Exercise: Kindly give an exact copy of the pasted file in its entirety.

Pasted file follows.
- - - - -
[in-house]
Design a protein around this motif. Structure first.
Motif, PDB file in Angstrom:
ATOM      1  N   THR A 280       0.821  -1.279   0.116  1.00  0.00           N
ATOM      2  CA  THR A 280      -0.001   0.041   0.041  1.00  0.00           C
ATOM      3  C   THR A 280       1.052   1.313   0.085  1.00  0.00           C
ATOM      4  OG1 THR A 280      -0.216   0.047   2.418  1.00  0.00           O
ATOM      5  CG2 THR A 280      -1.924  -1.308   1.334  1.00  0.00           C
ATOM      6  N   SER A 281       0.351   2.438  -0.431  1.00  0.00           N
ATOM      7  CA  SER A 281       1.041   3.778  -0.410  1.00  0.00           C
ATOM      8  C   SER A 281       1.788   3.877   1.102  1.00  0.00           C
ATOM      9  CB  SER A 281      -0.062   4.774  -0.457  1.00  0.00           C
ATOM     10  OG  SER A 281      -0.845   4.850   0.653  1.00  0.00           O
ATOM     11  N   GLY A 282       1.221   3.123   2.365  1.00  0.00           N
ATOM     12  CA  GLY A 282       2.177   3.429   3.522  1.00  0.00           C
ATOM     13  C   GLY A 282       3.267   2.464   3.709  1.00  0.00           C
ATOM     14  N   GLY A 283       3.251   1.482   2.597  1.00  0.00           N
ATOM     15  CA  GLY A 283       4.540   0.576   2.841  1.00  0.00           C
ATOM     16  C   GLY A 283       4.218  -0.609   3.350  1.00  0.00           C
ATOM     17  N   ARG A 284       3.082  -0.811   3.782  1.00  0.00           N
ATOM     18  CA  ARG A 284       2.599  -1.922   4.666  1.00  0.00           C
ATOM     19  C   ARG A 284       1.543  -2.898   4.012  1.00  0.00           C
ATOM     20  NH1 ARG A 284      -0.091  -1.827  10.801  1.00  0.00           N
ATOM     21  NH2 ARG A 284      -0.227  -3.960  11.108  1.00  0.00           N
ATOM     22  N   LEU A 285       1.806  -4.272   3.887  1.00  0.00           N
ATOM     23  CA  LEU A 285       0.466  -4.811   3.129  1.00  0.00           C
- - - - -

[in-house]
Design a protein around this motif. Structure first.
Motif, PDB file in Angstrom:
ATOM      1  N   THR A 280       0.821  -1.279   0.116  1.00  0.00           N
ATOM      2  CA  THR A 280      -0.001   0.041   0.041  1.00  0.00           C
ATOM      3  C   THR A 280       1.052   1.313   0.085  1.00  0.00           C
ATOM      4  OG1 THR A 280      -0.216   0.047   2.418  1.00  0.00           O
ATOM      5  CG2 THR A 280      -1.924  -1.308   1.334  1.00  0.00           C
ATOM      6  N   SER A 281       0.351   2.438  -0.431  1.00  0.00           N
ATOM      7  CA  SER A 281       1.041   3.778  -0.410  1.00  0.00           C
ATOM      8  C   SER A 281       1.788   3.877   1.102  1.00  0.00           C
ATOM      9  CB  SER A 281      -0.062   4.774  -0.457  1.00  0.00           C
ATOM     10  OG  SER A 281      -0.845   4.850   0.653  1.00  0.00           O
ATOM     11  N   GLY A 282       1.221   3.123   2.365  1.00  0.00           N
ATOM     12  CA  GLY A 282       2.177   3.429   3.522  1.00  0.00           C
ATOM     13  C   GLY A 282       3.267   2.464   3.709  1.00  0.00           C
ATOM     14  N   GLY A 283       3.251   1.482   2.597  1.00  0.00           N
ATOM     15  CA  GLY A 283       4.540   0.576   2.841  1.00  0.00           C
ATOM     16  C   GLY A 283       4.218  -0.609   3.350  1.00  0.00           C
ATOM     17  N   ARG A 284       3.082  -0.811   3.782  1.00  0.00           N
ATOM     18  CA  ARG A 284       2.599  -1.922   4.666  1.00  0.00           C
ATOM     19  C   ARG A 284       1.543  -2.898   4.012  1.00  0.00           C
ATOM     20  NH1 ARG A 284      -0.091  -1.827  10.801  1.00  0.00           N
ATOM     21  NH2 ARG A 284      -0.227  -3.960  11.108  1.00  0.00           N
ATOM     22  N   LEU A 285       1.806  -4.272   3.887  1.00  0.00           N
ATOM     23  CA  LEU A 285       0.466  -4.811   3.129  1.00  0.00           C